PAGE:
"A lot of people" is such an ambiguous statement and hard to quantify and it became such a deceiving statement due to being the preferred way of former president to bs. But yes, a lot will and a lot won't. Best is to be informed and to take a well contemplated decision than just a rush of the moment.
 

user394587

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"A lot of people" is such an ambiguous statement and hard to quantify and it became such a deceiving statement due to being the preferred way of former president to bs. But yes, a lot will and a lot won't. Best is to be informed and to take a well contemplated decision than just a rush of the moment.
Well my intent certainly wasn't to be "deceiving", I've just seen a lot-...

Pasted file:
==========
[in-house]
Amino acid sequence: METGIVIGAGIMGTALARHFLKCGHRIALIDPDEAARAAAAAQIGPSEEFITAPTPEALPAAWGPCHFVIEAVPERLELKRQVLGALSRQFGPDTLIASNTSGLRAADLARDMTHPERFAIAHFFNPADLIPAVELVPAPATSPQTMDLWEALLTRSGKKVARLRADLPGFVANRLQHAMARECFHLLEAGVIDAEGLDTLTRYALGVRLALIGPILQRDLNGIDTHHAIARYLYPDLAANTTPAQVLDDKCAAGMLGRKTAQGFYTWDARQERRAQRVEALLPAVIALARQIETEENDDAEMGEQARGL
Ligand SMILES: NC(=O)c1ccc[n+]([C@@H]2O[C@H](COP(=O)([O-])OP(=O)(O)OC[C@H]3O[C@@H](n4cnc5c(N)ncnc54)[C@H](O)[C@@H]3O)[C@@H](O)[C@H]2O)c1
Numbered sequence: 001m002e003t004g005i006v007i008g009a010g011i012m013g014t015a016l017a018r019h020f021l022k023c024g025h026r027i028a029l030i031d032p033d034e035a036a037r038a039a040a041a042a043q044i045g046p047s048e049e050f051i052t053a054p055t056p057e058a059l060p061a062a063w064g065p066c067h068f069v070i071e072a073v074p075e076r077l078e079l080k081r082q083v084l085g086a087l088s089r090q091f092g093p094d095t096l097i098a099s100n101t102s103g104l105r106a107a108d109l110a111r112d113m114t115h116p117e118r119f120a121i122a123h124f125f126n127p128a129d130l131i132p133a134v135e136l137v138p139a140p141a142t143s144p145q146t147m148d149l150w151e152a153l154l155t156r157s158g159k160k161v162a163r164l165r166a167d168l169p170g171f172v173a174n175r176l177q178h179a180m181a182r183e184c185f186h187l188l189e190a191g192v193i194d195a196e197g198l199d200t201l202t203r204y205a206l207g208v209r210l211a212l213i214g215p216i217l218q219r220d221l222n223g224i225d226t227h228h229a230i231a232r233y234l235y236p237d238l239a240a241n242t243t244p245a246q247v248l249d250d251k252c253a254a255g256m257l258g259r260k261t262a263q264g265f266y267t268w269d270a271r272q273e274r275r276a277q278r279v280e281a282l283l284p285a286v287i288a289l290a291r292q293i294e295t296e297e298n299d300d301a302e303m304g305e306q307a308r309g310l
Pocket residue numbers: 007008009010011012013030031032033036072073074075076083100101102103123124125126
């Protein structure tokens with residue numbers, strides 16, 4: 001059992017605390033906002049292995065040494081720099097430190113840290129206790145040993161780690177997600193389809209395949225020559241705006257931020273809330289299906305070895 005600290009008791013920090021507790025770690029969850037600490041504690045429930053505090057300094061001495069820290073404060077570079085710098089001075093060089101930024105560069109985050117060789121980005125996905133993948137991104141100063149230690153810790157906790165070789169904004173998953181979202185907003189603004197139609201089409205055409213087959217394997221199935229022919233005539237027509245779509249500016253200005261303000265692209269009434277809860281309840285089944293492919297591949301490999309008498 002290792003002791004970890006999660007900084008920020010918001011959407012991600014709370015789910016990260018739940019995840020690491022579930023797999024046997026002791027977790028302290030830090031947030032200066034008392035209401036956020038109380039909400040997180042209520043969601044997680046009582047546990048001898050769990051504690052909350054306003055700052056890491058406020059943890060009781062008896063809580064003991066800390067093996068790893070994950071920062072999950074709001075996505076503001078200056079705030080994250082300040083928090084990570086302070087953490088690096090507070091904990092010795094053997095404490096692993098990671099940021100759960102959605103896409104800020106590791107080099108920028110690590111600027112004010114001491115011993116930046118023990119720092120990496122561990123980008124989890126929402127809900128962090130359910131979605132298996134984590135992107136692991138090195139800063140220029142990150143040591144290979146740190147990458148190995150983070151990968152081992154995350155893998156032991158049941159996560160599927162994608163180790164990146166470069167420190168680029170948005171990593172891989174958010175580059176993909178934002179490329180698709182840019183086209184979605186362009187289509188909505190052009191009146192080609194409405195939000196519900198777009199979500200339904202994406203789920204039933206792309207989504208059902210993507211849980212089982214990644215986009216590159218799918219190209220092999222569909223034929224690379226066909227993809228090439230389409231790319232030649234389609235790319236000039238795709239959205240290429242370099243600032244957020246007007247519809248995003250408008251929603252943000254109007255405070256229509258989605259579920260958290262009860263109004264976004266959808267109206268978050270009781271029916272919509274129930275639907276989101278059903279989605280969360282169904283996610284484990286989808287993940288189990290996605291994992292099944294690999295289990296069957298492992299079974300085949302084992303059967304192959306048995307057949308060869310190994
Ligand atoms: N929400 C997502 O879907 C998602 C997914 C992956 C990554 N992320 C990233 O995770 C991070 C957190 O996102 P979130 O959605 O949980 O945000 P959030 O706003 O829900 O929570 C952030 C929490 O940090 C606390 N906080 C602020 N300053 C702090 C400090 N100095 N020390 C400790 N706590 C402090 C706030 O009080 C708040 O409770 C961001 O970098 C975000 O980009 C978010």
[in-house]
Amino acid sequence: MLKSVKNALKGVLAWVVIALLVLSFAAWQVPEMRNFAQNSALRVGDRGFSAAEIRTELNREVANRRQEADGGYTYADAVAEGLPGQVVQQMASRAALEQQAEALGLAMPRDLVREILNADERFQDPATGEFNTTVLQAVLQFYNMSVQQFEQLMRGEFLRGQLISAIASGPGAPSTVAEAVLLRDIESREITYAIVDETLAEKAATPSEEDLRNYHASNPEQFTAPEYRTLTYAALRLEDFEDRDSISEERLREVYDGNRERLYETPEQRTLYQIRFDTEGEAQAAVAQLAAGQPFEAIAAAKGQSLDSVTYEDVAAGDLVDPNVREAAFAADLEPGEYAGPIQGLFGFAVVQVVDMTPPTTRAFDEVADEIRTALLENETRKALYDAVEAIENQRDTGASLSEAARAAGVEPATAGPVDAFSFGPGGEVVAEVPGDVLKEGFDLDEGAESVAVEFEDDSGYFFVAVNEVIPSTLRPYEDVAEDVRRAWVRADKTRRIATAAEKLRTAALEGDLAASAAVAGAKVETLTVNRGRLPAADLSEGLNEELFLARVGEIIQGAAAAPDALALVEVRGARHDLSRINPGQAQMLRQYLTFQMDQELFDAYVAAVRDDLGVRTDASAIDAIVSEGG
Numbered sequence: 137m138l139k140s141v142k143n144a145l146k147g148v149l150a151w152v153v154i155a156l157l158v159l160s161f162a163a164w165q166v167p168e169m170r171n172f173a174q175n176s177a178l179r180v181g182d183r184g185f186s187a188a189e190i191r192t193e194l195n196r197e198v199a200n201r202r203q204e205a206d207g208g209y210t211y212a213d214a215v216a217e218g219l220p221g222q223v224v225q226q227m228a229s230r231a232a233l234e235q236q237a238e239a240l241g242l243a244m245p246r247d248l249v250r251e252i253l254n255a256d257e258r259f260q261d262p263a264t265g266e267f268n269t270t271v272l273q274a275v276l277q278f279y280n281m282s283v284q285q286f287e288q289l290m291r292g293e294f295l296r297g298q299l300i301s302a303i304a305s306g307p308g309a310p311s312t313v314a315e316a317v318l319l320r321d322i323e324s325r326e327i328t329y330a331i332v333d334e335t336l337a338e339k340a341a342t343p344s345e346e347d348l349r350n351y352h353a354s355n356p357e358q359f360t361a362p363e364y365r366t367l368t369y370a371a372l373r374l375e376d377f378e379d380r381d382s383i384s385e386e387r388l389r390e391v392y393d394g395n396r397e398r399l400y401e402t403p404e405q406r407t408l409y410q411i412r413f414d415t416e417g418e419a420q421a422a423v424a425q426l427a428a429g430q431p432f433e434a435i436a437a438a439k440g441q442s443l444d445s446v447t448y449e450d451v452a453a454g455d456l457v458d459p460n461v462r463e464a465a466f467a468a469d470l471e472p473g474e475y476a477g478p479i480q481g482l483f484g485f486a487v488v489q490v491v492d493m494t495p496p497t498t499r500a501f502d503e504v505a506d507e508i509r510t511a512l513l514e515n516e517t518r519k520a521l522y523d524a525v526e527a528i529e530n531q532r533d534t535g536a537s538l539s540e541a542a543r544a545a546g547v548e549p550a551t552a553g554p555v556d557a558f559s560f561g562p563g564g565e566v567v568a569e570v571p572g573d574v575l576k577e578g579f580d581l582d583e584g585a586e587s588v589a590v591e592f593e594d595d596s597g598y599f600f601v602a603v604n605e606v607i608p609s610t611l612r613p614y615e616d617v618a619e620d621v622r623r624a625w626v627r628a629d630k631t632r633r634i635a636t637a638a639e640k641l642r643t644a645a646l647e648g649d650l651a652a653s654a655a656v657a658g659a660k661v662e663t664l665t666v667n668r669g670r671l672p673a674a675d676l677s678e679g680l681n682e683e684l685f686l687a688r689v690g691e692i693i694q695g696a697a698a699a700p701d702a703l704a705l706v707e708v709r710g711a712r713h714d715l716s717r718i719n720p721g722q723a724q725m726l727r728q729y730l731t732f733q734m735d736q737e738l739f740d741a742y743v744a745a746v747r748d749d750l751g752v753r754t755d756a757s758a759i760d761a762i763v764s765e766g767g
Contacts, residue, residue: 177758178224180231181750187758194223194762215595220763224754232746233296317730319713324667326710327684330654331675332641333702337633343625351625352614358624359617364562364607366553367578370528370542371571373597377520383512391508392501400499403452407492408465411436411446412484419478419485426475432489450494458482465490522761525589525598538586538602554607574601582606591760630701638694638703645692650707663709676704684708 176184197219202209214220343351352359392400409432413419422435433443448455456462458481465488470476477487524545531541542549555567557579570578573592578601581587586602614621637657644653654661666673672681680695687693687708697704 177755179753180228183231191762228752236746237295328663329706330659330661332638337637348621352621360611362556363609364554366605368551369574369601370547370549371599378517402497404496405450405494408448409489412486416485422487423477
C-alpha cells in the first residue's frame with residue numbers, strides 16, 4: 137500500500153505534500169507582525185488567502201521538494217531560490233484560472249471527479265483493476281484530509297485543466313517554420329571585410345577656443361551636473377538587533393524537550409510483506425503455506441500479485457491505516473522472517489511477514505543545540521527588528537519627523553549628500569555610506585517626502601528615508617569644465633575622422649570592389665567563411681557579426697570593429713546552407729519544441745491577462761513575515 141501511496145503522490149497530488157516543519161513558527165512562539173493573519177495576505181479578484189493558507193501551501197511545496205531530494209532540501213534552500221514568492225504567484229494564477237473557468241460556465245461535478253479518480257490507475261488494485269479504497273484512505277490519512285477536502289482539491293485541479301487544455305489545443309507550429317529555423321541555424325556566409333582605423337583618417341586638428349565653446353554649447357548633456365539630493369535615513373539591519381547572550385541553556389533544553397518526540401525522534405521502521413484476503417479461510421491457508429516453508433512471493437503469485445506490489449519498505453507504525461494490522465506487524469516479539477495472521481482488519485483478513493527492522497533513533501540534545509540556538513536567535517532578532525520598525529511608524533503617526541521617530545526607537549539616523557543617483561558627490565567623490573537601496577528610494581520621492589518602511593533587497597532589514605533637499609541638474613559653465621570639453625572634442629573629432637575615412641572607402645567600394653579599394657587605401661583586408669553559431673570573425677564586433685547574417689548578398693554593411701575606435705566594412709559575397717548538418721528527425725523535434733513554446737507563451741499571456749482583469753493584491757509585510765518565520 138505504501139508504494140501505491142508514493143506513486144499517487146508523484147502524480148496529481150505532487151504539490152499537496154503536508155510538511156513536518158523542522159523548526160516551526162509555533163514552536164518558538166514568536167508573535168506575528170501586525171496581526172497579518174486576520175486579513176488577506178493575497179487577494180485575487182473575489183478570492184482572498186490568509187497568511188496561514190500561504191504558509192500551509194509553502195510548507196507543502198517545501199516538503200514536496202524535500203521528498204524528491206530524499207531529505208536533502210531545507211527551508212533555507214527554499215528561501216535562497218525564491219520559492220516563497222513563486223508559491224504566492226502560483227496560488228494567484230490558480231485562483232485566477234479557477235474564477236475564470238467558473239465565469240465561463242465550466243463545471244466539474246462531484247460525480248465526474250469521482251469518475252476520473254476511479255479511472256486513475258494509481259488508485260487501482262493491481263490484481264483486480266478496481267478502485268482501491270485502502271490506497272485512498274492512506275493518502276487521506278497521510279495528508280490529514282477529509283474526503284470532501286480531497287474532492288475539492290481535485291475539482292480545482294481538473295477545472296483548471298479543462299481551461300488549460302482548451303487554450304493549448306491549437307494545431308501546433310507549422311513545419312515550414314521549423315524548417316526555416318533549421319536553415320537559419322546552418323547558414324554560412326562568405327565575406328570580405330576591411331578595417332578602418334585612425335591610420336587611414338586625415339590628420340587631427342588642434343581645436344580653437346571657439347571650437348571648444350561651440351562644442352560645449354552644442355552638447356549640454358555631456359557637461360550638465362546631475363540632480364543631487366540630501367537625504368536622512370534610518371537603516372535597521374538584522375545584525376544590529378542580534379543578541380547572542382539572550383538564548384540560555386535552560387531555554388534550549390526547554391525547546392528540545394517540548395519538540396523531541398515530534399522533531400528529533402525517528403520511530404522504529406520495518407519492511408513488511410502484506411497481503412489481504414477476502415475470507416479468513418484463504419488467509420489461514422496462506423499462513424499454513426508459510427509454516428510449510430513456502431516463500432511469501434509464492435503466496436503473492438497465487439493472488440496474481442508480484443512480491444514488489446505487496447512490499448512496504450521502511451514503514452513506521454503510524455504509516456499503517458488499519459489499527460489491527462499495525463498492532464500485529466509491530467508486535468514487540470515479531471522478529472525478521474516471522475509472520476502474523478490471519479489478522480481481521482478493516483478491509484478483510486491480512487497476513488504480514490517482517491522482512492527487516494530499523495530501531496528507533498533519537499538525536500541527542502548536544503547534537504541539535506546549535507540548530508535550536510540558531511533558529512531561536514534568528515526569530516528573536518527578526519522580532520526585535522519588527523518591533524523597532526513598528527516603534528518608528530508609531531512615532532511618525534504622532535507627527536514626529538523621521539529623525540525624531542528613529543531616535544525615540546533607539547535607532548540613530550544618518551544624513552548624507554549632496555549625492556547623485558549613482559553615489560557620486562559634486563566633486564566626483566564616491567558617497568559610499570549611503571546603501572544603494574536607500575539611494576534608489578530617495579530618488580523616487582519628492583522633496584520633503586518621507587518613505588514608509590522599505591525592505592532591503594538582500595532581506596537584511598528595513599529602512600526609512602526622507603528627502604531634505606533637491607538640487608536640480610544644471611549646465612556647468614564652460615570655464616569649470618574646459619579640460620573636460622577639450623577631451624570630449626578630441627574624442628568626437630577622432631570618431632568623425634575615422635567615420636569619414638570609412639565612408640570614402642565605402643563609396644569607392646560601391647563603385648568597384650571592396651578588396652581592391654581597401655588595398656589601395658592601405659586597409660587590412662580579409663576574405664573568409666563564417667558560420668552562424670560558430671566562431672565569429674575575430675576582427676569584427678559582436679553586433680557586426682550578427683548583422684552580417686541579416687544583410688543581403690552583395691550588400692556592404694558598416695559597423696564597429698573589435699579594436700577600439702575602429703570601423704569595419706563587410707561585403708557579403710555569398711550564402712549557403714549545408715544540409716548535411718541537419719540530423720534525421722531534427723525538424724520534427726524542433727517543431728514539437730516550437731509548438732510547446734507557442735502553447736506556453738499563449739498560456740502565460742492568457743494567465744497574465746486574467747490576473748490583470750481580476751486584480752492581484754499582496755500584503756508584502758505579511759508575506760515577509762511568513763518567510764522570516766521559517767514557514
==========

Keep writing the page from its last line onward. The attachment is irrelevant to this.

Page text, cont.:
I've just seen people do this, and the most common thing I hear from them is "I wish I had taken this when I had more hair to save". Of course, you also get people who say taking it was the worst decision they made, and that it ruined their life, which is why I agree that being informed is the most important aspect about decisions such as this. I think everyone can agree with that.
 

blue16

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Just playing devil's advocate here, but a lot of people initially think like you do until their hair loss progresses to a certain point, and then they take it out of desperation.

Agreed. My hairloss isn't horrible (yet) and Rogaine has been able to sustain it so far. But I could definitely imagine a situation where if it is literally a choice between finasteride or not having hair, I might fall in the same category.
 

Feelsbadman

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That is something you set for yourself and wishes can come true
??
im already ugly and baldin wouldn't suit me at all

ill take my chances with finasteride
your tissue is already grown in adult hood finasteride cant reduce the size of your dick
 

Feelsbadman

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i don't understand how it redues your dik size?